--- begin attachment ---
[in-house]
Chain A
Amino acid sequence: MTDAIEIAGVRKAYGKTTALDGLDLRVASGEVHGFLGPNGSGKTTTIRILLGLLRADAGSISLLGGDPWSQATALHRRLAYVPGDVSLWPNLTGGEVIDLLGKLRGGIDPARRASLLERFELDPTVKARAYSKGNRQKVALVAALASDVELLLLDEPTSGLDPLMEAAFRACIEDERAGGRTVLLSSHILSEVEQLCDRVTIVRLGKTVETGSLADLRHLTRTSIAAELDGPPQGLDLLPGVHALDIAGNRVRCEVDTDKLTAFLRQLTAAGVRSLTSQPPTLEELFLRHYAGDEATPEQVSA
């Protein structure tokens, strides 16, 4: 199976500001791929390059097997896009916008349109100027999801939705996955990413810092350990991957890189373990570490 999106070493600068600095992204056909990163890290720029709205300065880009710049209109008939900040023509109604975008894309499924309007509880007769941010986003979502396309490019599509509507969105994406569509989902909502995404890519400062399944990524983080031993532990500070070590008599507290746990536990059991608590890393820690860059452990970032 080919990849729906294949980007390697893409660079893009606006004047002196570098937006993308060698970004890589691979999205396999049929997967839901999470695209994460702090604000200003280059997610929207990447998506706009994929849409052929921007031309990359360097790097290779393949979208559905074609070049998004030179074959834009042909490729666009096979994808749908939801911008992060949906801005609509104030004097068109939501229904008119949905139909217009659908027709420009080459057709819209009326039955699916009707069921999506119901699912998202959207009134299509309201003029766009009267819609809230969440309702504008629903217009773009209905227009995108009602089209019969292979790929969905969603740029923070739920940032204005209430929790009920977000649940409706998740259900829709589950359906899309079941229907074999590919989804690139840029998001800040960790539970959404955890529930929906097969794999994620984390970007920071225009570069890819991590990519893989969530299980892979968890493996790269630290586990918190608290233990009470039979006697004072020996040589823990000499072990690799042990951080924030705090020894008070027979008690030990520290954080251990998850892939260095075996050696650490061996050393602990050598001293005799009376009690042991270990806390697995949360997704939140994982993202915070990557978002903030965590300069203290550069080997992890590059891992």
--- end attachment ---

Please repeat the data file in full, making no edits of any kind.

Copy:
[in-house]
Chain A
Amino acid sequence: MTDAIEIAGVRKAYGKTTALDGLDLRVASGEVHGFLGPNGSGKTTTIRILLGLLRADAGSISLLGGDPWSQATALHRRLAYVPGDVSLWPNLTGGEVIDLLGKLRGGIDPARRASLLERFELDPTVKARAYSKGNRQKVALVAALASDVELLLLDEPTSGLDPLMEAAFRACIEDERAGGRTVLLSSHILSEVEQLCDRVTIVRLGKTVETGSLADLRHLTRTSIAAELDGPPQGLDLLPGVHALDIAGNRVRCEVDTDKLTAFLRQLTAAGVRSLTSQPPTLEELFLRHYAGDEATPEQVSA
């Protein structure tokens, strides 16, 4: 199976500001791929390059097997896009916008349109100027999801939705996955990413810092350990991957890189373990570490 999106070493600068600095992204056909990163890290720029709205300065880009710049209109008939900040023509109604975008894309499924309007509880007769941010986003979502396309490019599509509507969105994406569509989902909502995404890519400062399944990524983080031993532990500070070590008599507290746990536990059991608590890393820690860059452990970032 080919990849729906294949980007390697893409660079893009606006004047002196570098937006993308060698970004890589691979999205396999049929997967839901999470695209994460702090604000200003280059997610929207990447998506706009994929849409052929921007031309990359360097790097290779393949979208559905074609070049998004030179074959834009042909490729666009096979994808749908939801911008992060949906801005609509104030004097068109939501229904008119949905139909217009659908027709420009080459057709819209009326039955699916009707069921999506119901699912998202959207009134299509309201003029766009009267819609809230969440309702504008629903217009773009209905227009995108009602089209019969292979790929969905969603740029923070739920940032204005209430929790009920977000649940409706998740259900829709589950359906899309079941229907074999590919989804690139840029998001800040960790539970959404955890529930929906097969794999994620984390970007920071225009570069890819991590990519893989969530299980892979968890493996790269630290586990918190608290233990009470039979006697004072020996040589823990000499072990690799042990951080924030705090020894008070027979008690030990520290954080251990998850892939260095075996050696650490061996050393602990050598001293005799009376009690042991270990806390697995949360997704939140994982993202915070990557978002903030965590300069203290550069080997992890590059891992």